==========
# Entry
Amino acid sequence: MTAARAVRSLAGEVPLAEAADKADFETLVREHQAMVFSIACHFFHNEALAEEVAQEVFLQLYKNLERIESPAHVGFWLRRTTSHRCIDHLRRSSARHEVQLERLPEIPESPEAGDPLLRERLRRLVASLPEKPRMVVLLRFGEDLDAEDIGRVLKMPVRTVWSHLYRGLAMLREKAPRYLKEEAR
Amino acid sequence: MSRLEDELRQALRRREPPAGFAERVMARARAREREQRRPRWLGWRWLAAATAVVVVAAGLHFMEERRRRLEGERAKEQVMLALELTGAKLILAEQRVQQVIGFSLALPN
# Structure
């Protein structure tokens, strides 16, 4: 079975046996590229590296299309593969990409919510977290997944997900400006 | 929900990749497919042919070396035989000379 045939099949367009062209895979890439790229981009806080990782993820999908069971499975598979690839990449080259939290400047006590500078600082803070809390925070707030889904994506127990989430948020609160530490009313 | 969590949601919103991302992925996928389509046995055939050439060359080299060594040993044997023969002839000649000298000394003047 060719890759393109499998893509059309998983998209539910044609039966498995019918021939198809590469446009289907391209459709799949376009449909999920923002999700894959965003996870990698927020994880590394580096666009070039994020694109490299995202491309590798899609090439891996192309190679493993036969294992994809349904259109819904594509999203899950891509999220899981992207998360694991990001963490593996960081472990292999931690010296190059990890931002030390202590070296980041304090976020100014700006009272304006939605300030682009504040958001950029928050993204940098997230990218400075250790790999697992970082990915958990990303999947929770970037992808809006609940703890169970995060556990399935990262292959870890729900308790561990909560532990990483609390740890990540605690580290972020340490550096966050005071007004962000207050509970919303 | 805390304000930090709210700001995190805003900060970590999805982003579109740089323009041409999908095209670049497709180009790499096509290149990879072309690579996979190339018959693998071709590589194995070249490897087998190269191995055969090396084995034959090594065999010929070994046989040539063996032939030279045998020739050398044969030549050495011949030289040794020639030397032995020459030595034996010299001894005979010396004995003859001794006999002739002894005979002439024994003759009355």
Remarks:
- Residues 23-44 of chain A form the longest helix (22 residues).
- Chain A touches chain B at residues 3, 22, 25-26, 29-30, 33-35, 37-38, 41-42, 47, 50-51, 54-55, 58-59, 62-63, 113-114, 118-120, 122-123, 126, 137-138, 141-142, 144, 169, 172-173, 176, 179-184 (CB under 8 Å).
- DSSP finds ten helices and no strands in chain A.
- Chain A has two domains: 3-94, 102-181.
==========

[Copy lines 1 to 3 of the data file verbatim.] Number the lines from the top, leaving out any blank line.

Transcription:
# Entry
Amino acid sequence: MTAARAVRSLAGEVPLAEAADKADFETLVREHQAMVFSIACHFFHNEALAEEVAQEVFLQLYKNLERIESPAHVGFWLRRTTSHRCIDHLRRSSARHEVQLERLPEIPESPEAGDPLLRERLRRLVASLPEKPRMVVLLRFGEDLDAEDIGRVLKMPVRTVWSHLYRGLAMLREKAPRYLKEEAR
Amino acid sequence: MSRLEDELRQALRRREPPAGFAERVMARARAREREQRRPRWLGWRWLAAATAVVVVAAGLHFMEERRRRLEGERAKEQVMLALELTGAKLILAEQRVQQVIGFSLALPN